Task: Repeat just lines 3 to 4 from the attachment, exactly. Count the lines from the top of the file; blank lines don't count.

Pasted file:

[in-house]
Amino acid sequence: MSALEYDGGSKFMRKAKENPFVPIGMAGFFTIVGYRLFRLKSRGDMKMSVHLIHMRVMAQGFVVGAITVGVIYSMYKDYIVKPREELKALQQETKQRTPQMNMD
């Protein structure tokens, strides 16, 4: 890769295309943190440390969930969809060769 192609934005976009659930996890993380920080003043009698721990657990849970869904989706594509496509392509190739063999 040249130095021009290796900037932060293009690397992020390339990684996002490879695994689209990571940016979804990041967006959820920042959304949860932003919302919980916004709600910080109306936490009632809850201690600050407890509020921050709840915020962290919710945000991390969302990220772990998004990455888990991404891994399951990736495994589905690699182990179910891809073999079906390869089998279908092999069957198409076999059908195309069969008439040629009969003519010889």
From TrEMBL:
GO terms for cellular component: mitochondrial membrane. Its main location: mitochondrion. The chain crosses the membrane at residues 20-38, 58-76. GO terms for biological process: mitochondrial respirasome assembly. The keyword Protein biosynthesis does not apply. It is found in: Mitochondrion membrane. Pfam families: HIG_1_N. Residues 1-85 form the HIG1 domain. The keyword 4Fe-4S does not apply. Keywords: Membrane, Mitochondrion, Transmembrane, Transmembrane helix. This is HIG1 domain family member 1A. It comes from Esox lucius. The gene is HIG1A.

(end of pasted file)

């Protein structure tokens, strides 16, 4: 890769295309943190440390969930969809060769 192609934005976009659930996890993380920080003043009698721990657990849970869904989706594509496509392509190739063999 040249130095021009290796900037932060293009690397992020390339990684996002490879695994689209990571940016979804990041967006959820920042959304949860932003919302919980916004709600910080109306936490009632809850201690600050407890509020921050709840915020962290919710945000991390969302990220772990998004990455888990991404891994399951990736495994589905690699182990179910891809073999079906390869089998279908092999069957198409076999059908195309069969008439040629009969003519010889």
From TrEMBL: